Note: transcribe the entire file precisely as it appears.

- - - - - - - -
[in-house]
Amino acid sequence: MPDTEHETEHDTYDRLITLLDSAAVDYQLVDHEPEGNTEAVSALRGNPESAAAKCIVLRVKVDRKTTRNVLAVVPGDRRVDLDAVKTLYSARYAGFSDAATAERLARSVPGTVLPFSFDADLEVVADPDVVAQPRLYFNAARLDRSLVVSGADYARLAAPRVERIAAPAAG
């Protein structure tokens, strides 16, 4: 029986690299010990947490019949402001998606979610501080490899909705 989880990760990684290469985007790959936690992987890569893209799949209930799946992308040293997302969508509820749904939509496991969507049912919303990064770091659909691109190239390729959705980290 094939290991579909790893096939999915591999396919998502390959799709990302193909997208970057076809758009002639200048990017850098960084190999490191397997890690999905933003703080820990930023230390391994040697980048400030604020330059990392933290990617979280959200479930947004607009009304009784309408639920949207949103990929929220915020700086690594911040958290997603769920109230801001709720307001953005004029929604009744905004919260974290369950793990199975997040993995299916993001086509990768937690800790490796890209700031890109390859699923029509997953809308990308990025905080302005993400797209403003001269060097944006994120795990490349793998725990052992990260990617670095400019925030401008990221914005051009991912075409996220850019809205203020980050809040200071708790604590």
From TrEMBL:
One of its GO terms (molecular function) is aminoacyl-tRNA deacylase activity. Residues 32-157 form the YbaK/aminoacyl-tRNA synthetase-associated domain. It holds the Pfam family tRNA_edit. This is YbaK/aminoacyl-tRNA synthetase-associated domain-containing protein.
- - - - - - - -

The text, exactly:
[in-house]
Amino acid sequence: MPDTEHETEHDTYDRLITLLDSAAVDYQLVDHEPEGNTEAVSALRGNPESAAAKCIVLRVKVDRKTTRNVLAVVPGDRRVDLDAVKTLYSARYAGFSDAATAERLARSVPGTVLPFSFDADLEVVADPDVVAQPRLYFNAARLDRSLVVSGADYARLAAPRVERIAAPAAG
């Protein structure tokens, strides 16, 4: 029986690299010990947490019949402001998606979610501080490899909705 989880990760990684290469985007790959936690992987890569893209799949209930799946992308040293997302969508509820749904939509496991969507049912919303990064770091659909691109190239390729959705980290 094939290991579909790893096939999915591999396919998502390959799709990302193909997208970057076809758009002639200048990017850098960084190999490191397997890690999905933003703080820990930023230390391994040697980048400030604020330059990392933290990617979280959200479930947004607009009304009784309408639920949207949103990929929220915020700086690594911040958290997603769920109230801001709720307001953005004029929604009744905004919260974290369950793990199975997040993995299916993001086509990768937690800790490796890209700031890109390859699923029509997953809308990308990025905080302005993400797209403003001269060097944006994120795990490349793998725990052992990260990617670095400019925030401008990221914005051009991912075409996220850019809205203020980050809040200071708790604590």
From TrEMBL:
One of its GO terms (molecular function) is aminoacyl-tRNA deacylase activity. Residues 32-157 form the YbaK/aminoacyl-tRNA synthetase-associated domain. It holds the Pfam family tRNA_edit. This is YbaK/aminoacyl-tRNA synthetase-associated domain-containing protein.